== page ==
Rupert Schmid (1895)
Oakland Museum, CA
Sculptor: Rupert Schmid
Statue: "California Venus" aka "Venus of the Poppies"
Model: Marion (or “Marian”) Nolan
Location: Oakland Museum of California
The most obvious search [California most beautiful girl 1890..1900] seems like a good idea. The number range would limits results to those than mention a year date between 1890 and 1900… but... it doesn’t work very well. The search terms are too common—we need to approach this from a different angle.
There are a couple of different approaches:
1. You could search for [california german-born sculptor] which would quickly lead you to certain Rupert Schmid in San Francisco at the appropriate time.
- or -
2. You could note that I used an odd word in my description and search for that, a la, [ California Venus ] which turns out to be the name of the sculpture I was looking for—“California Venus” by Rupert Schmid.
From that, it’s not hard to find a variety of newspaper articles describing the life and death of Marian Nolan.
Her life reads like tabloids of today: selected at 16 to pose for the perfect representation of California womanhood, later married (and divorced) a Mexican millionaire, Don Fernandez Cabrero, then a socialite in San Francisco and aspiring actress who played the part of vestal virgin, but only ever had a few speaking lines. (Remember that this was before the days of movies.)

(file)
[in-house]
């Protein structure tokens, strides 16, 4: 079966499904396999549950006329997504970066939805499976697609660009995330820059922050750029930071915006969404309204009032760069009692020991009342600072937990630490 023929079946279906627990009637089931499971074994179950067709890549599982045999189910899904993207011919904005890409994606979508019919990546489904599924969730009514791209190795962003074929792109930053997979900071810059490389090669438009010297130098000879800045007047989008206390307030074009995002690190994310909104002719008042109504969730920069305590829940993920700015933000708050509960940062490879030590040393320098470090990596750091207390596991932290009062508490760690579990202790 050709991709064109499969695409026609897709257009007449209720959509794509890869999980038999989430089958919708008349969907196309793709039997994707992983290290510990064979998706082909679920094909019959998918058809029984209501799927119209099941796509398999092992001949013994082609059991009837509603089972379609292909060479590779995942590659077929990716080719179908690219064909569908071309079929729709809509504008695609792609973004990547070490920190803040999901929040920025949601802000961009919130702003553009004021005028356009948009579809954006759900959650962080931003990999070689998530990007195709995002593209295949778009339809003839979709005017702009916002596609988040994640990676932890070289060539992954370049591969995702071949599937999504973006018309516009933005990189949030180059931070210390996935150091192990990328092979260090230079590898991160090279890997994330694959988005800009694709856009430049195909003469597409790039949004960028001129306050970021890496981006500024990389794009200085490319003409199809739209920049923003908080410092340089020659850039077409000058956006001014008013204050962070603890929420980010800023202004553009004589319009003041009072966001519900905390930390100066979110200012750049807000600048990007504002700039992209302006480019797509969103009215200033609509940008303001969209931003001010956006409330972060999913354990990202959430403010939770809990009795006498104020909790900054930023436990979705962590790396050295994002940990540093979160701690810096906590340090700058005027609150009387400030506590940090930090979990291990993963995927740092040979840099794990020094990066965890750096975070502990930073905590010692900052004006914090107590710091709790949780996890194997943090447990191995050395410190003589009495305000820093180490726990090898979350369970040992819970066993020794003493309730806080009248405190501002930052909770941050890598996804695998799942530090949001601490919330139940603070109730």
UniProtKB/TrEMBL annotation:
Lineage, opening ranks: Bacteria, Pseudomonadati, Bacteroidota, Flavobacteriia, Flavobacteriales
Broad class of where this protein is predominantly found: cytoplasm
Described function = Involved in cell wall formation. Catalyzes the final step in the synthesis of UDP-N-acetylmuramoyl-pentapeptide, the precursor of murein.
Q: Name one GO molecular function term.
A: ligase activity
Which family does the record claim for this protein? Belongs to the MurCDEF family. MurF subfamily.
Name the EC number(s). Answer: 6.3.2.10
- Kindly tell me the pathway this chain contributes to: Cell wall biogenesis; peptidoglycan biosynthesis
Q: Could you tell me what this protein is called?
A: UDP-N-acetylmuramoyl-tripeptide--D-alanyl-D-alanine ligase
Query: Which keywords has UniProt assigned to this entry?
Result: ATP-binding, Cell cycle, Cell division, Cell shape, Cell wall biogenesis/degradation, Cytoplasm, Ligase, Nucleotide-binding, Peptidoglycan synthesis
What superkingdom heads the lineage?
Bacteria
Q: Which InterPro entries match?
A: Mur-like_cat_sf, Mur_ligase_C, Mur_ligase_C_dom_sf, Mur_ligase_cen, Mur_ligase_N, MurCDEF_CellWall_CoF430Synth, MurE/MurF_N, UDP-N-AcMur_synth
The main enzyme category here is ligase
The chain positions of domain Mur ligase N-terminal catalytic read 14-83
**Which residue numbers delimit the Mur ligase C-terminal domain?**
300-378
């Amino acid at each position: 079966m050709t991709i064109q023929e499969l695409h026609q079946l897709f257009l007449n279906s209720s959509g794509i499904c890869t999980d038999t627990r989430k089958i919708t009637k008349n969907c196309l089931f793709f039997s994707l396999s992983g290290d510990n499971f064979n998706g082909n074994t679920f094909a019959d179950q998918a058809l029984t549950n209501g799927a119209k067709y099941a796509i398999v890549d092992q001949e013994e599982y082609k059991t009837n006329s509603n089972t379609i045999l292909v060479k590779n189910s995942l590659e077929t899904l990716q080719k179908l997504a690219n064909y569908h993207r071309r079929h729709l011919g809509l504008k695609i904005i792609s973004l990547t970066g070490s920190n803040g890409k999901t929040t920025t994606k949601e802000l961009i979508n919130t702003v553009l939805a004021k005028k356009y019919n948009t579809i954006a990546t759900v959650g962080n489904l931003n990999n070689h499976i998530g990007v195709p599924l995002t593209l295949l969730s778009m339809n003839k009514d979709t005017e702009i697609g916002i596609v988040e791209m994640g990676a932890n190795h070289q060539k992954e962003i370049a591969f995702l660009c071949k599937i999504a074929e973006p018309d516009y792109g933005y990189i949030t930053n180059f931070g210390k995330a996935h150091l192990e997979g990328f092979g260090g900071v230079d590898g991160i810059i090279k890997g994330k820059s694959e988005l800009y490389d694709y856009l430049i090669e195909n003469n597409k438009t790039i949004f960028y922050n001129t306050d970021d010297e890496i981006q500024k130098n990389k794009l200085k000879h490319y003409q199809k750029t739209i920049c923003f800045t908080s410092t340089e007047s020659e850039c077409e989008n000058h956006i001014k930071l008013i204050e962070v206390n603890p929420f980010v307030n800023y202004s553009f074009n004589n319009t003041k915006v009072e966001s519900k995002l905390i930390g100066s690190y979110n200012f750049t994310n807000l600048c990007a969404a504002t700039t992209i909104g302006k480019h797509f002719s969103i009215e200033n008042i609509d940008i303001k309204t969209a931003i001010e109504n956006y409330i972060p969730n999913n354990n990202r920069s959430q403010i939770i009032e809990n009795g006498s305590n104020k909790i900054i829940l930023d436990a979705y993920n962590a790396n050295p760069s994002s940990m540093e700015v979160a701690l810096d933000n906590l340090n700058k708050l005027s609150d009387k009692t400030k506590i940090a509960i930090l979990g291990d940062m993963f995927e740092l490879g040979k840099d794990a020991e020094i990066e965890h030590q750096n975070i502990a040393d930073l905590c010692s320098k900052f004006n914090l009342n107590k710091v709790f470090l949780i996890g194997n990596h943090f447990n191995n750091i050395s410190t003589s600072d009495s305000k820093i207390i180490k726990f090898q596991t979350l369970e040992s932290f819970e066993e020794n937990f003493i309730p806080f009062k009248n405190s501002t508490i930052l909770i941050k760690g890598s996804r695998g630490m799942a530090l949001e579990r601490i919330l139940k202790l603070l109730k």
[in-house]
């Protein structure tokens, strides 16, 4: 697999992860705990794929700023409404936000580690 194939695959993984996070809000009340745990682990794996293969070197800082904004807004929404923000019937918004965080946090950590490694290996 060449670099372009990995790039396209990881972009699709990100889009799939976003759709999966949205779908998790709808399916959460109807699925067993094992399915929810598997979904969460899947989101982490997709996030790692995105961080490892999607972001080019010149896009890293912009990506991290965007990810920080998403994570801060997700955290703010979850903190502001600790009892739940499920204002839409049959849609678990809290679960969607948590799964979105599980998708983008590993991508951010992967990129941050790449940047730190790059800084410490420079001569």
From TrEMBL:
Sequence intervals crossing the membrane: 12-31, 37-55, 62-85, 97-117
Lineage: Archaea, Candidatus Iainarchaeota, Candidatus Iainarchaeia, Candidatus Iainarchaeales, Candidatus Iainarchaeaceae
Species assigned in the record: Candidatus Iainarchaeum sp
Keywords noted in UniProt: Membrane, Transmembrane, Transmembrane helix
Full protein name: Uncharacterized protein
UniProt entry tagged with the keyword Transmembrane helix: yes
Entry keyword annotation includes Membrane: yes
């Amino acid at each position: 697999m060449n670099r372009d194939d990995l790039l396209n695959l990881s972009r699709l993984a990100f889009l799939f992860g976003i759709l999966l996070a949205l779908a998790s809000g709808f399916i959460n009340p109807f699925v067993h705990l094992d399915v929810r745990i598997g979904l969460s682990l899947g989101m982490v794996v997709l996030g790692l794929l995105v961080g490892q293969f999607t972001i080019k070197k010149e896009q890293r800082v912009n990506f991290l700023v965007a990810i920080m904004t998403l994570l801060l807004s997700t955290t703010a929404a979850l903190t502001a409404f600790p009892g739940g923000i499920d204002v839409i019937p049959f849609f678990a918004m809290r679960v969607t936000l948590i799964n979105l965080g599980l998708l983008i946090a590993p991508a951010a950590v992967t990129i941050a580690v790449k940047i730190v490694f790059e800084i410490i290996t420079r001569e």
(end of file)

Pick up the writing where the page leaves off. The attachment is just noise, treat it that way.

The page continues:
She had obsessed fans who appreciated her beauty and her intelligence in “appearing in a series of classic poses.” (One of the entertainments of the age was to recreate classical scenes with living actors. They’d move into position and hold still for a few moments, living statuary for the crowd. Really.) One of her fans was a stalker (Edward Marschutz) who finally shot her dead in front of her house at 736 O'Farrell Street in downtown San Francisco after he propositioned her and she whacked him with her umbrella.
The October 21st, 1909 edition of the San Jose Evening News has an article that tells the whole story. As the news account said:
“He recoiled for a moment [from being hit with the umbrella] then ran close to her and fired his revolver point blank as she turned to run. He fired again as she fell, then pressed the revolver to his temple and blew out his brains, falling by the side of the woman he seems to have loved to madness.”
|Marian strikes Edward|
San Francisco Call, 87, 143
21 October 1902
Search lesson: I found this source, and others, by using the Google News Archive (easily found by doing a search for [ Google news archive ] – I won’t bother telling you the click path—I don’t know what it is and never use it that way in any case).
Once I found the News Archives, I did a search for: [ “California Venus” ] which did most of the work for me. I realized that the phrase "California Venus" was going to be pretty rare (I was right), especially in the News Archive corpus.
Note also that spelling was somewhat variable in this corpus. In some places, her name is "Marian" and in other's it's "Marion." The killer is sometimes "Marshuts" and in other places "Marschutz." This isn't just OCR transcription errors, it's actually that way in the original texts.
So be aware that you might have to try different spellings of the name to actually find a person.